The Avengers, written and directed by Joss Whedon. Released by Walt Disney Studios Motion Pictures (2012). Rated PG-13 for intense sequences of sci-fi violence and action throughout, and a mild drug reference. Running time: 143 minutes.
After six separate film adventures, the main players of the Marvel Comics universe have assembled in The Avengers, with the eponymous team of heroes battling the evil Norse god Loki.
Loki’s plan is twofold: snatch a device of unlimited power; and, then, with the help of interstellar bad guys, free mankind from the “burden” of freedom by forcing the world to kneel before him and accept him as king.
After Loki achieves the first half of the plan, S.H.I.E.L.D. Director Nick Fury (Samuel L. Jackson), in an effort to stop him from achieving the second, assembles the Avengers: Iron Man (Robert Downey Jr.), Captain America (Chris Evans), the Hulk (Mark Ruffalo), Black Widow (Scarlett Johansson), and Hawk (Jeremy Renner). The final member of the team, Thor, shows up later on his own.
Under Joss Whedon’s capable guidance as both writer and director, The Avengers is a rip-roaring adventure story that lives up to the hype that comes with a $200-million-plus budget and enough star power to fuel a half dozen films.
During the first two-thirds of the film, the motivations of the fiercely independent Avengers are unclear or at odds with one another. This provides Loki the edge he needs to destroy them and conquer the planet.
Although there are too many fights between the heroes, this tension does serve to focus the story on the good guys, and it makes for some great humor.
Whedon’s script emphasizes action more than character development, and this affords the actors substantial leeway in defining their characters, which they do beautifully. Although the acting is uniformly excellent, Downey’s Iron Man, Ruffalo’s Bruce Banner/Hulk, and Chris Evans’s Captain America stand out among the stellar cast. Evans deserves particular kudos because his character, the de facto leader of the team, is arguably the most difficult to portray—a serious, squeaky-clean hero in contrast to Downey’s thoroughly hip, impish, and charismatic man of action. But Evans pulls it off, mainly because he plays it straight as he did in his Captain America: The First Avenger. Downey, for his part, succeeds because he plays Iron Man as a larger-than-life man of action—reckless, daring, driven by his own agenda, and, under it all, ruthlessly serious about winning the war. Ruffalo underplays the tragic Bruce Banner, which is a nice contrast to his alter ego, The Hulk, a being of pure, unbound rage on the side of good.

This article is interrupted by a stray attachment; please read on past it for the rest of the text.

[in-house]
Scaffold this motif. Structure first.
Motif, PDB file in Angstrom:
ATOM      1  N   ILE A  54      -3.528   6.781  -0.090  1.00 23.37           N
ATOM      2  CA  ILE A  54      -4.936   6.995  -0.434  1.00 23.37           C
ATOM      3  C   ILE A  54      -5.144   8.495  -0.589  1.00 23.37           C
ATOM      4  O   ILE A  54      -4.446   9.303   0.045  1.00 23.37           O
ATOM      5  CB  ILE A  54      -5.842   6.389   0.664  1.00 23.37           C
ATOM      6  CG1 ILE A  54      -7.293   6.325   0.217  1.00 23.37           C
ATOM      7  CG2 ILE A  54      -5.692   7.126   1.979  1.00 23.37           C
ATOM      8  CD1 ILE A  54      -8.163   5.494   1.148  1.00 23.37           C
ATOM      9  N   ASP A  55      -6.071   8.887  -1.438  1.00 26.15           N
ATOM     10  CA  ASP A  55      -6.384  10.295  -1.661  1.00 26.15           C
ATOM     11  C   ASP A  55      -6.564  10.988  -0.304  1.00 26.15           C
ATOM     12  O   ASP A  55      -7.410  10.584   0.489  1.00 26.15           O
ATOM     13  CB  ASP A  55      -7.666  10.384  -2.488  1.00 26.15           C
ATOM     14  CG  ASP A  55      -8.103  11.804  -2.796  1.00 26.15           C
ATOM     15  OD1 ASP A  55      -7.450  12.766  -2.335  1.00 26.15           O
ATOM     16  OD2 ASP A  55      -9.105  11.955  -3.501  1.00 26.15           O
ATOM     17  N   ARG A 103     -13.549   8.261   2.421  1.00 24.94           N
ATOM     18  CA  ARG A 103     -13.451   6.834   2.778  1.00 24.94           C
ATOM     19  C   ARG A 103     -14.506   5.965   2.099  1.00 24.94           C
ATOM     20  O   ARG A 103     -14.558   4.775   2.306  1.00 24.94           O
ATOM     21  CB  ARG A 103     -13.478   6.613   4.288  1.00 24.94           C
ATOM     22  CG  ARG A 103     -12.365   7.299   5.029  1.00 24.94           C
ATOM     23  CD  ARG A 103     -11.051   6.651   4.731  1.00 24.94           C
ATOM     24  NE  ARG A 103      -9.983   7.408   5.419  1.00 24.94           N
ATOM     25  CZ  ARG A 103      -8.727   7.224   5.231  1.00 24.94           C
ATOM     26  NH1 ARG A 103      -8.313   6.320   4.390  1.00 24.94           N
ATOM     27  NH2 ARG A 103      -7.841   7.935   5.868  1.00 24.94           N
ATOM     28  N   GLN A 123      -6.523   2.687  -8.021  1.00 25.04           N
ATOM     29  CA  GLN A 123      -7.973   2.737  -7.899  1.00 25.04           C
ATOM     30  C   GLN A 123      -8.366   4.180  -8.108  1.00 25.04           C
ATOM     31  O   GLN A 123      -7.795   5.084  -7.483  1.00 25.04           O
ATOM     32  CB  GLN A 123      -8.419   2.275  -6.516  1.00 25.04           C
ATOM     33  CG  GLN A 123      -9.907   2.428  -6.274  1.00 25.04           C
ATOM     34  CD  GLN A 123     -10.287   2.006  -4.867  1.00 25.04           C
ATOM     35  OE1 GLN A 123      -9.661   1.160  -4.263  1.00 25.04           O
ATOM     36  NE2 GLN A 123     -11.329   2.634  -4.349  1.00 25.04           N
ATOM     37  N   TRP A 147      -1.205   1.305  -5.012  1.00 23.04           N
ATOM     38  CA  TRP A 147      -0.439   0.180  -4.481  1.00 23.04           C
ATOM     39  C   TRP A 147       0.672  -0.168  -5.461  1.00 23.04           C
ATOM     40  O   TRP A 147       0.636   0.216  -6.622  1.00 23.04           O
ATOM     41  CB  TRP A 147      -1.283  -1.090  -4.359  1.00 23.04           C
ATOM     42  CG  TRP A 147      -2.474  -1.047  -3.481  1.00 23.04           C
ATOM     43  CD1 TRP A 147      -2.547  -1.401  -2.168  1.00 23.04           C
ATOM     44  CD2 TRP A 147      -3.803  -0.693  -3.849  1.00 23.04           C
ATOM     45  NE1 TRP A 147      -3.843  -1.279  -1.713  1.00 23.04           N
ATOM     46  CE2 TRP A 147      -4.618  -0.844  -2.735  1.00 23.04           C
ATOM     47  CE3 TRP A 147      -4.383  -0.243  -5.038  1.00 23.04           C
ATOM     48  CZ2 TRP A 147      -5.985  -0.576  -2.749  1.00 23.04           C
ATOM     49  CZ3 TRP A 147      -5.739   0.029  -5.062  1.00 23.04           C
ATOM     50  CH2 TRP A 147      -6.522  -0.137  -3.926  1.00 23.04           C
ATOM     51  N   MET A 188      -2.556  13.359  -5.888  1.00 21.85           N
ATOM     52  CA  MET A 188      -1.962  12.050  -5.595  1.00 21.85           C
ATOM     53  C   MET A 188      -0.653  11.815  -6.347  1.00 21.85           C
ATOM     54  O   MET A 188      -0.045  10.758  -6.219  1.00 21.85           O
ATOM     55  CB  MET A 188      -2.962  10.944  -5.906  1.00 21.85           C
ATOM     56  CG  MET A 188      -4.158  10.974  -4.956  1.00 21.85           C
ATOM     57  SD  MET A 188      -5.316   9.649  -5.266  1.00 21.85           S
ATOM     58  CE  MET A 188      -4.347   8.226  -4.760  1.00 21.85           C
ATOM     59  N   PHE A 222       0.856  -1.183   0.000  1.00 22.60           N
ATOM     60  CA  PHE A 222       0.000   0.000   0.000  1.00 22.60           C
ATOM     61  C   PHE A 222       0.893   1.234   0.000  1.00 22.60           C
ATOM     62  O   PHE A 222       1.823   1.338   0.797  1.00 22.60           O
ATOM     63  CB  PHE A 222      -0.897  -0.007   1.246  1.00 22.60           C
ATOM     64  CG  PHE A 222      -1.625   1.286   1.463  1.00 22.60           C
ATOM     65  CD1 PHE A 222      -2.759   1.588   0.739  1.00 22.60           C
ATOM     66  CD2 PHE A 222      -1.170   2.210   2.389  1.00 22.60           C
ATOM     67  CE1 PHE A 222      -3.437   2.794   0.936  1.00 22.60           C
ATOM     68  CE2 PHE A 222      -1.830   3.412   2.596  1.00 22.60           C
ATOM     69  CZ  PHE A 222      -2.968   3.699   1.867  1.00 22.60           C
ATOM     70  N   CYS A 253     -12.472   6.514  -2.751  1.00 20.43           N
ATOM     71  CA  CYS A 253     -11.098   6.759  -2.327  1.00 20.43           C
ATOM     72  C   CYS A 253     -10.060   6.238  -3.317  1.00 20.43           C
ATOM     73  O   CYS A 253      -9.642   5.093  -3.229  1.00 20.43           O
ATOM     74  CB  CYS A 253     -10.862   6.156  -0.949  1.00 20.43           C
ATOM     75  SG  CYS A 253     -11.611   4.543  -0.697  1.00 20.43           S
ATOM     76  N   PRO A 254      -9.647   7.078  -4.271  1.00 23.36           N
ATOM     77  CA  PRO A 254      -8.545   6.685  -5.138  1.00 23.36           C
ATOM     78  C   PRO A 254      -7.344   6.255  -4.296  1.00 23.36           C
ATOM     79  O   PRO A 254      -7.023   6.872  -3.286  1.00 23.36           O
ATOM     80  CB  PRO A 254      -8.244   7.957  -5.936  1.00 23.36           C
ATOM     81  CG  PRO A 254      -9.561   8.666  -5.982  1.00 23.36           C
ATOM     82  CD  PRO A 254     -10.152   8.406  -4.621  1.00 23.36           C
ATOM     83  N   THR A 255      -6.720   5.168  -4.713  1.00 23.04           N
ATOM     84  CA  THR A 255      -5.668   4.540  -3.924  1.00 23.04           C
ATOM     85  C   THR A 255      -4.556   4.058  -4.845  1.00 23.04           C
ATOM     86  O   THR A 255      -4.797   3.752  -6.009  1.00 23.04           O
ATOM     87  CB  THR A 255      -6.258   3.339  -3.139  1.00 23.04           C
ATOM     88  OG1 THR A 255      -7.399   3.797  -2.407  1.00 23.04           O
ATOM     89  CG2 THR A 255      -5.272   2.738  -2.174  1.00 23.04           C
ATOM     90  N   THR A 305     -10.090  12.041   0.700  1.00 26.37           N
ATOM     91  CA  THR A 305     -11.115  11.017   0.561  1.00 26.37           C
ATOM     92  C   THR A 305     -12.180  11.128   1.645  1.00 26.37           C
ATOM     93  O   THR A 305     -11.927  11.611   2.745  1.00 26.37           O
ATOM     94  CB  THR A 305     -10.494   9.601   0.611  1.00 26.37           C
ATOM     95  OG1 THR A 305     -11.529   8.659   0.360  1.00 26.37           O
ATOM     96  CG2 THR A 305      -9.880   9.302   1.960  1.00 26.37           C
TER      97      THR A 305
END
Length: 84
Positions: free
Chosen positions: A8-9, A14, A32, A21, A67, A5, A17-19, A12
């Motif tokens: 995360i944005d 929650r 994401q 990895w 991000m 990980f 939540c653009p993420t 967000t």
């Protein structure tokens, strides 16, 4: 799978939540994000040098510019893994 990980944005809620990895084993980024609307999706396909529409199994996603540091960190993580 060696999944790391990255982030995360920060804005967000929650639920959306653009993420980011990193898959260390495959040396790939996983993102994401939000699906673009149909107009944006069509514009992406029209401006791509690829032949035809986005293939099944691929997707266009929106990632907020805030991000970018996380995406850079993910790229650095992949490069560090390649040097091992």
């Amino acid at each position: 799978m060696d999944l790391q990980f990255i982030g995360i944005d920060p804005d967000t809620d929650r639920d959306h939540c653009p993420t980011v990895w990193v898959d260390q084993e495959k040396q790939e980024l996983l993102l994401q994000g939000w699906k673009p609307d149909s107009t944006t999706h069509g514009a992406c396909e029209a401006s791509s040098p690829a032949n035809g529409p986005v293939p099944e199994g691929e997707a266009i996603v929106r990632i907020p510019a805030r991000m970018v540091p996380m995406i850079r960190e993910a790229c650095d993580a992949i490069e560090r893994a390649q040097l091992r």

The film builds to a grand, action-packed climax with Loki and his allies fighting against the Avengers on the streets of—and in the air above—New York City. The collateral damage caused by the conflict adds to the Earth-shattering stakes, giving the battle an epic scope. Whedon then ups the ante, with a potential catastrophe that would dwarf all the other death and destruction combined.
The film’s production design by James Chinlund is impressive, giving the film a cool, retro-futuristic but wholly realistic look that is in keeping with the Marvel Comics. From the various uniforms to S.H.I.E.L.D.’s heli-carrier headquarters, fans of the comics should rejoice that what is rendered is in keeping with and yet more than what is offered on the pages of the comic books.
If the film has weaknesses, they are in the plot, which is a bit thin even for an action movie—and in the action sequences, some of which are too long (particularly the finale).
But the simple plotline and minimal characterization might be for the best. For all of its special effects, the film is really dependent on the actors. And Whedon, to his credit, gives his actors the space to inhabit their characters without getting bogged down in sci-fi technobabble or needless exposition. Judging from the finished product, the actors relished this freedom and made the most of it.
Whether you’re a die-hard fan of comic books or just a moviegoer hankering for a fun story about good versus evil, don’t miss The Avengers.